10 November 2020

A lower exchange rate can power Britain’s Covid recovery


Is there a way through the Covid crisis which keeps short-term economic damage to a manageable level, gets the economy through the coming months in a reasonably stable condition and, crucially, paves the way for a swift, strong recovery?

The good news is that all three objectives can be fulfilled, provided the Government makes the right decisions.

Of course, there is no shying away from the depth of the economic problem we face. Office for National Statistics (ONS) figures show that in the second quarter of 2020, UK GDP was just under 15% lower than before the pandemic struck.  While corporate income fell by about 12% in the same period, thanks to the Government’s furlough scheme and other support, incomes from both PAYE employment and self-employment together only dropped by 2.5%. GDP fell by nearly 15% – just over £80 billion – between 2020 Q1 and Q2, however, so how did the books balance?

Essentially, what happened was that the furlough scheme provided the substantial part of the working population which had been negatively affected by coronavirus with a subsidy of just under £60 billion, so that household incomes fell by far less than GDP. Government debt, however, soared due to a £60 billion fall in net tax receipts.

Household spending fell by about a quarter – roughly £90 billion – while government spending rose by about 15%. Capital expenditure fell by £20 billion and the trade balance improved by about the same amount.

How did household expenditure manage to fall so steeply? The big changes were a reduction of expenditure of about £30 billion each on transport – much of it in the public sector, although not aviation – and restaurants and hotels, almost entirely in the private sector. These are sectors which have borne the brunt of the lockdown restrictions.

What do these figures tell us about the best way of reacting to the coronavirus? There are several key themes here:

First, it is possible both to keep up personal incomes and to avoid mass bankruptcies among businesses, provided that the state is prepared to finance income and revenues shortages on a big enough scale and to accept the size of the consequent government borrowing requirement.

Because interest rates are so low, and because most of the money used to support incomes and businesses has effectively been created by the Government borrowing from itself via the Bank of England, the impact of increased borrowing on the state’s finances has been relatively small and manageable. Provided that the pandemic is brought under control in 2021 by a combination of vaccines, an effective track-and-trace system, and more effective treatments, the state will not have an unmanageable problem in protecting incomes and most businesses.

It is also worth noting that the economy absorbed a big Covid-induced fall in GDP without becoming overheated, mainly as a result of a very large increase in saving by households. That meant the effect of the Government paying millions of people not to work was not inflationary. It did not lead to excess demand in relation to supply and it seems unlikely that this will be a problem during the next few months while the pandemic lasts. Indeed, the trade balance – an important measure of the economy’s capacity to provide for itself – markedly improved as the pandemic struck home.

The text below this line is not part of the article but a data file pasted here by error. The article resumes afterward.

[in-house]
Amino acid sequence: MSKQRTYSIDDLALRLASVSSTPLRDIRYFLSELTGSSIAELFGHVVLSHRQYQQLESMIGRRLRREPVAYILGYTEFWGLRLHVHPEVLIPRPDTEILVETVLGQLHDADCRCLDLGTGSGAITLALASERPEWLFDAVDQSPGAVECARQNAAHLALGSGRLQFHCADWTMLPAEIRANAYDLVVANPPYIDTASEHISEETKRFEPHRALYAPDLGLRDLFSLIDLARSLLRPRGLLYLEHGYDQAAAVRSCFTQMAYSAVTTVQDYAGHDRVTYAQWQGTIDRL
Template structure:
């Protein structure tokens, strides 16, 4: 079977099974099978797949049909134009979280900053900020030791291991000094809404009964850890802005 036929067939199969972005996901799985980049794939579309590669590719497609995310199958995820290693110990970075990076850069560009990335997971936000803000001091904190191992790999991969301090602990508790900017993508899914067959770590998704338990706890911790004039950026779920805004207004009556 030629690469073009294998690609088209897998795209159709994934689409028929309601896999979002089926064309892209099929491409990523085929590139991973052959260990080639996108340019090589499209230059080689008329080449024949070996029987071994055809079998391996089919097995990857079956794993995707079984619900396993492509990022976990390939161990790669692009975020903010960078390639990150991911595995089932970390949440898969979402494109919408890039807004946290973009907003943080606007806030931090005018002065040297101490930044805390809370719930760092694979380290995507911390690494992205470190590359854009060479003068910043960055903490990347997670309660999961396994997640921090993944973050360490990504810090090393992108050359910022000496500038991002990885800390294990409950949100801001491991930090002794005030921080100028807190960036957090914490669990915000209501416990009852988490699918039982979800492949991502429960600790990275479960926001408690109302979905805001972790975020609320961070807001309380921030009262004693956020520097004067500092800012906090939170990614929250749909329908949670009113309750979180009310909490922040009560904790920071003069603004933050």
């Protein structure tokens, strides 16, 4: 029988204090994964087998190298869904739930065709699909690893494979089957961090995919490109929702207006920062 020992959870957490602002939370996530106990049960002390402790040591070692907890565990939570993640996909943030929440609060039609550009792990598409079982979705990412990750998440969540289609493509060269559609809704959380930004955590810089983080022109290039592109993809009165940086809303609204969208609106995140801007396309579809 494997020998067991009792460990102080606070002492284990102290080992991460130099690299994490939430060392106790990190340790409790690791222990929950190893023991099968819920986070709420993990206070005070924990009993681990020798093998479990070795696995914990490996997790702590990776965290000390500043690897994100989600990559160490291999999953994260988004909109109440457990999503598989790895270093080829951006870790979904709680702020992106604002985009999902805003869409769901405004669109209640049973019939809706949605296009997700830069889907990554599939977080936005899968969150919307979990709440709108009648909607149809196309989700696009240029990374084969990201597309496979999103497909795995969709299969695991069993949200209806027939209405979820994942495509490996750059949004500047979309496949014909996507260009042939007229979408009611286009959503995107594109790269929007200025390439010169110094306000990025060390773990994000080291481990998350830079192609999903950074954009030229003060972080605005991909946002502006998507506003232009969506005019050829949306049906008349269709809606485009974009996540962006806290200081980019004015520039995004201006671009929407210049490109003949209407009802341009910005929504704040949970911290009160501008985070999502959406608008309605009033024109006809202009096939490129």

We should be under no illusions about the task ahead, however. Covid has left the UK economy in a very weak condition for recovery. Even before the pandemic, the underlying growth rate in the UK economy was barely 1% and investment has since slumped. There are expensive costs ahead in combating and mitigating climate change, huge pressures on health and social care provision, rising pension liabilities, and an urgent need to invest more in education, especially vocational training. Other things being equal, the more slowly the economy grows, the more substantial government borrowing will remain relative to GDP.

And if inflation stays low, the only realistic way to bring down government borrowing in relation to GDP is to get the economy to grow faster while, at the same time, not accumulating more government debt by running a big budget deficit.

As the figures in Table 4 here shows, the Government’s deficit is largely the mirror image of our balance of payments deficit, and it will not be possible to eliminate – or even substantially to reduce – the one without tackling the other. This underlines the Institute for Prosperity’s case for using a much lower exchange rate to trigger an investment, manufacturing and export-led recovery with an exchange rate about 20% lower than we have now – roughly £1.00 = $1.00 – generating a 2% cumulative increase in the UK’s underlying growth rate. This would enable UK GDP to recover its 2019 level by about 2022 and for the economy to be some 20% larger by 2030 than it would be with current policies in place.

Given the scale of the challenges we face, it is surely worth the Government investigating this approach, rather than leaving the UK economy to slide further into stagnation and debt.

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John Mills is Chairman of JML Direct and was Chair of Labour Leave during the EU referendum.

Columns are the author's own opinion and do not necessarily reflect the views of CapX.